3. Lightning still has a lot of work to be done, Salesforce. In some posts already brought up, like the need to click more to accomplish the same. The biggest problem however is the accessibility for visual impaired colleagues. It already starts with the Editbox, a popup. Popups are killing for accessibility. Also the datematrix is terrible. It even covers fields regularly.

  4. Crystal Karanovich


    “Bear in mind that at least one account must be “System Administrator”, and that will be moved to Lightning Experience regardless of any actions you take.”

    Are you saying even if we clone that profile and switch off the LEX User setting, admins will be stuck in Lightning? This would be the first I have seen of that if so….

    1. Agree! It’s a confusing statement.
      But based on his workaround suggested it shouldn’t be moved over to LEX when you clone the standard System Administator profile.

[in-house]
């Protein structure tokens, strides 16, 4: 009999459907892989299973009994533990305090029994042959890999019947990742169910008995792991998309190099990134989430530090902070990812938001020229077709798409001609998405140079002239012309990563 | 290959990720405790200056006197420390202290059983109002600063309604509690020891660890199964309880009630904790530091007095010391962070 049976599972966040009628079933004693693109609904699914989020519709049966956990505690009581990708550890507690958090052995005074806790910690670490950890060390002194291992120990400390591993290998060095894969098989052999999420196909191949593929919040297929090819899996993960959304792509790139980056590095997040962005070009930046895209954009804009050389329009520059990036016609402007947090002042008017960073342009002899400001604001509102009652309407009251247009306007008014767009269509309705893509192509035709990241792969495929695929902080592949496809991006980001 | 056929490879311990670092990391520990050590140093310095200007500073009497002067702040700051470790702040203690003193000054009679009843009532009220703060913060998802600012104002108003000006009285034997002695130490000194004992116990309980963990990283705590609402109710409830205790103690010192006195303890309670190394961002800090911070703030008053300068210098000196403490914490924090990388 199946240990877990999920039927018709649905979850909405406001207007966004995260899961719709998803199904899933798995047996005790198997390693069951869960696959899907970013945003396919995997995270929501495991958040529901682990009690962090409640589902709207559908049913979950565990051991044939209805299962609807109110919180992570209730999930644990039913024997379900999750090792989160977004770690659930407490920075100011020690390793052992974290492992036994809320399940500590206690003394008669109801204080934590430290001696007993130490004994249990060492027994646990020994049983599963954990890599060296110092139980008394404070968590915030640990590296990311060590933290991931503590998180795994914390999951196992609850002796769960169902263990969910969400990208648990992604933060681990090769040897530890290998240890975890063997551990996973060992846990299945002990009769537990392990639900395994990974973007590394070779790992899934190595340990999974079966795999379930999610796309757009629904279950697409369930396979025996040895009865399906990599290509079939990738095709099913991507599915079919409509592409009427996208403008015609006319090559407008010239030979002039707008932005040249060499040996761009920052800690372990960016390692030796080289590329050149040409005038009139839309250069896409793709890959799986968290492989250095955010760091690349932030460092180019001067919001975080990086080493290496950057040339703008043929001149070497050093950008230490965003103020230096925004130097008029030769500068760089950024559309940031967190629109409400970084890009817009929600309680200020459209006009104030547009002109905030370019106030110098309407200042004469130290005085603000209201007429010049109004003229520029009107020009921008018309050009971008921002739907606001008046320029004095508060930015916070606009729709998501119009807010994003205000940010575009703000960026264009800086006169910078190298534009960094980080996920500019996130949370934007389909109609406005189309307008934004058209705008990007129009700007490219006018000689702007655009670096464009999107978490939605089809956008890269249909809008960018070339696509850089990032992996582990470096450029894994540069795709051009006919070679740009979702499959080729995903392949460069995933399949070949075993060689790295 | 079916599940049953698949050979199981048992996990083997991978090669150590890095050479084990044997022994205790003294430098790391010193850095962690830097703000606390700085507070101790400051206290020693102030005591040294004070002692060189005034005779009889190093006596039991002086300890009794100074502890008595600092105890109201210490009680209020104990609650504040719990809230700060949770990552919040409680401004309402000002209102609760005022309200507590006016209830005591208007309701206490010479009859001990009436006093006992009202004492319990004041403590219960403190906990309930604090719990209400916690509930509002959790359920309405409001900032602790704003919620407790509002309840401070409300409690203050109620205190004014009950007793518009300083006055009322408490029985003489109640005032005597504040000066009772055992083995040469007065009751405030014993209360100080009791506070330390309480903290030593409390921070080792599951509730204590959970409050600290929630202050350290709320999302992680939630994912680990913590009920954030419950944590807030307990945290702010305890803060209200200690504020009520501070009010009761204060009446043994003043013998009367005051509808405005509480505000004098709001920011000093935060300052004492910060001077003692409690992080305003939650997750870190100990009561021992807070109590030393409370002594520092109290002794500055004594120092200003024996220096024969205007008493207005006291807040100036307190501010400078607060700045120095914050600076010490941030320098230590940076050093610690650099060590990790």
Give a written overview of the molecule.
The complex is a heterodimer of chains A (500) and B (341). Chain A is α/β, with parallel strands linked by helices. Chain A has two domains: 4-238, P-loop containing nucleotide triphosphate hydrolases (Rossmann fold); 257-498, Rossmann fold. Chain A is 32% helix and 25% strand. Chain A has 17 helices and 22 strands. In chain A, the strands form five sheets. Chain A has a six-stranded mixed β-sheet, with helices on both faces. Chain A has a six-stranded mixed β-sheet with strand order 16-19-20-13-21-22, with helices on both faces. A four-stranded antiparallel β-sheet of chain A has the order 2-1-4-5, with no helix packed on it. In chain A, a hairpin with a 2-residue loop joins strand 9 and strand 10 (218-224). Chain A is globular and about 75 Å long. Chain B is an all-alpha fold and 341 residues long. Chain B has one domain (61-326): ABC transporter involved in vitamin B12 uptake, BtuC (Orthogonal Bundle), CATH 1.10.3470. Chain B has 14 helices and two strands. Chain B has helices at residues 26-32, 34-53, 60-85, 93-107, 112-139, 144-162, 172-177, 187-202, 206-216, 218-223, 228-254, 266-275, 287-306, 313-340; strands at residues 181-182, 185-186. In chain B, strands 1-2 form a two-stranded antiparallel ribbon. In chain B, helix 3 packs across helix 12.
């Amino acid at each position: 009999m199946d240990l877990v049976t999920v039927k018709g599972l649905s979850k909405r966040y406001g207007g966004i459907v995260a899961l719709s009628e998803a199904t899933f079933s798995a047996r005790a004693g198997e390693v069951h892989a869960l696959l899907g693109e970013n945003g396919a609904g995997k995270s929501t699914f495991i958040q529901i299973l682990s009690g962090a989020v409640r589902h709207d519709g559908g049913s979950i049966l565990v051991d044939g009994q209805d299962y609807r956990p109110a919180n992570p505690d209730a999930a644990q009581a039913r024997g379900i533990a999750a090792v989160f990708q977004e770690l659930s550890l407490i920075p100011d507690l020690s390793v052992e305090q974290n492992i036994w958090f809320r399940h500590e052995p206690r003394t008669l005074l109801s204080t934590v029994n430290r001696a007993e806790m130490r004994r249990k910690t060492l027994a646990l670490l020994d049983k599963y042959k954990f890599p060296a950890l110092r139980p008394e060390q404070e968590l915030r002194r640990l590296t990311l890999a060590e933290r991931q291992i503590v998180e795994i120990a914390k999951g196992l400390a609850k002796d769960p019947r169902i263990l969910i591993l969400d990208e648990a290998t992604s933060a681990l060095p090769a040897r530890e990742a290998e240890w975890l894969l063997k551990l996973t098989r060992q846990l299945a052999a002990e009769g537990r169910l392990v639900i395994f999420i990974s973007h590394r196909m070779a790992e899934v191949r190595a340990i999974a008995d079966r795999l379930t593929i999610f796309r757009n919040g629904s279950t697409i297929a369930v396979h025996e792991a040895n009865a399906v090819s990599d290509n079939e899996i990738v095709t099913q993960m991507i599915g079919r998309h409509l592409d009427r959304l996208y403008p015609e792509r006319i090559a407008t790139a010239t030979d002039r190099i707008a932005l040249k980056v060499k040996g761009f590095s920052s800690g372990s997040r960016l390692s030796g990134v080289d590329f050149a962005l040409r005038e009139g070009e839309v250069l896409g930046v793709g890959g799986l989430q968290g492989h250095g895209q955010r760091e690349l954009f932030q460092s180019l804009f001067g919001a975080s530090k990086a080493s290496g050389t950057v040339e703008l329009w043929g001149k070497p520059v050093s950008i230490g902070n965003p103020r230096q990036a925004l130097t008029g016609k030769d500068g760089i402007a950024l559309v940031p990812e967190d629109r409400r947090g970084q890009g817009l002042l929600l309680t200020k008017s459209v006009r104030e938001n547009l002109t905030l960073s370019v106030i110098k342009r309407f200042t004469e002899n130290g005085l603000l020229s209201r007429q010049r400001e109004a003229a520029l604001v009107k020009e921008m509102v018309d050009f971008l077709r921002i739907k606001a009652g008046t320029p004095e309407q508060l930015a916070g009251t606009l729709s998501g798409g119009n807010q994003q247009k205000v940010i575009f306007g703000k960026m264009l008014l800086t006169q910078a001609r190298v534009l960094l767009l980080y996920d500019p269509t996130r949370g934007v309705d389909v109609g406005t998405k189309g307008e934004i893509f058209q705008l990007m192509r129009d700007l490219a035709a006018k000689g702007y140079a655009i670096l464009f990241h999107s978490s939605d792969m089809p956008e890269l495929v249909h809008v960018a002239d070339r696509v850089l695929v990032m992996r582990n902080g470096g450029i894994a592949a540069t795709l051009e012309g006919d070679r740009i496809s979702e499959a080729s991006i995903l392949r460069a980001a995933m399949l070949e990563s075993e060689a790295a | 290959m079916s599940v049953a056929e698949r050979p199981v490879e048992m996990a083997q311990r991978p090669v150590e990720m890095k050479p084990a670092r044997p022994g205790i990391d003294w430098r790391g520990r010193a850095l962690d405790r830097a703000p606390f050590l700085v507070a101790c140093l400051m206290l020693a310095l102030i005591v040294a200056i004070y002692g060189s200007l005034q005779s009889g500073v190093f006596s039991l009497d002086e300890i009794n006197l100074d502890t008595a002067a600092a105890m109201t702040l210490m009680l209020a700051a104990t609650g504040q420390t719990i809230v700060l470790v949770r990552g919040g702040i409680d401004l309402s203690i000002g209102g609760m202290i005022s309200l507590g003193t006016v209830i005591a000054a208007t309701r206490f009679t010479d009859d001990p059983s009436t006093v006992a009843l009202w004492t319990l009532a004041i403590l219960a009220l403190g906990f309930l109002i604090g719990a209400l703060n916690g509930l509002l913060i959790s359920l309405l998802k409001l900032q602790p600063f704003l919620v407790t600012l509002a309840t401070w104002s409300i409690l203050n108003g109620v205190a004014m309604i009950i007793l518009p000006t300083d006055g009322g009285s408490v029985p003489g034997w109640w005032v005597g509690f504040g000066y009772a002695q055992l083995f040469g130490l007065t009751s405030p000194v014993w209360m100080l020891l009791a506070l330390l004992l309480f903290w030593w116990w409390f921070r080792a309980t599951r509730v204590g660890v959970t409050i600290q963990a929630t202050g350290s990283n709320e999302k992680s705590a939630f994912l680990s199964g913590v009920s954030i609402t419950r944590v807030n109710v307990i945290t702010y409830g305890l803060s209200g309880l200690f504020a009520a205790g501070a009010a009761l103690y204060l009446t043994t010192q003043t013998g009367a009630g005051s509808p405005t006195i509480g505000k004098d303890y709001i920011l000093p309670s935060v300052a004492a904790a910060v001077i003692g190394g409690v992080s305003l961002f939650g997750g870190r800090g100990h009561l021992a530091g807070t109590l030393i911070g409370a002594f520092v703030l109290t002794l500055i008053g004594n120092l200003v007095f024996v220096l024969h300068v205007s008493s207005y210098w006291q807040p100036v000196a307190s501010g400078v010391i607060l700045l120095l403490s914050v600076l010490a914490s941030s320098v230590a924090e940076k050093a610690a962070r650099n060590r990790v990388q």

Let’s wait for the actual documentation from Salesforce because everyone in the one in the web can be an expert.

  5. Crystal – you can give even the Sys Admin a custom profile. However, this admin can’t switch his/her own profile from the standard one to the custom one. But another with admin rights can. If you only have one admin, just temporarily give another user admin rights, make the switch and then remove the new permission. Voila!

  6. Lightning is a half baked product and Salesforce just wants to keep saying it’s the best under “Safe Harbor”. Please Ben users such as you and other MVP’s should be saying the actual stuff on how sad Lightning is instead of parroting what Salesforce says. Simple examples – Manage Campaign Members is unavailable in Lightning! FFS the product is named Salesforce and it misses out on basics in Lightning.
    Things such as these are not far and few, they are everywhere. It would be much better if Salesforce actually takes an year to fix all shortcomings instead of releasing half baked release for the sake of it.

    As always appreciate your succinctly write up of the information. Cheers mate!

    1. Hi Tom,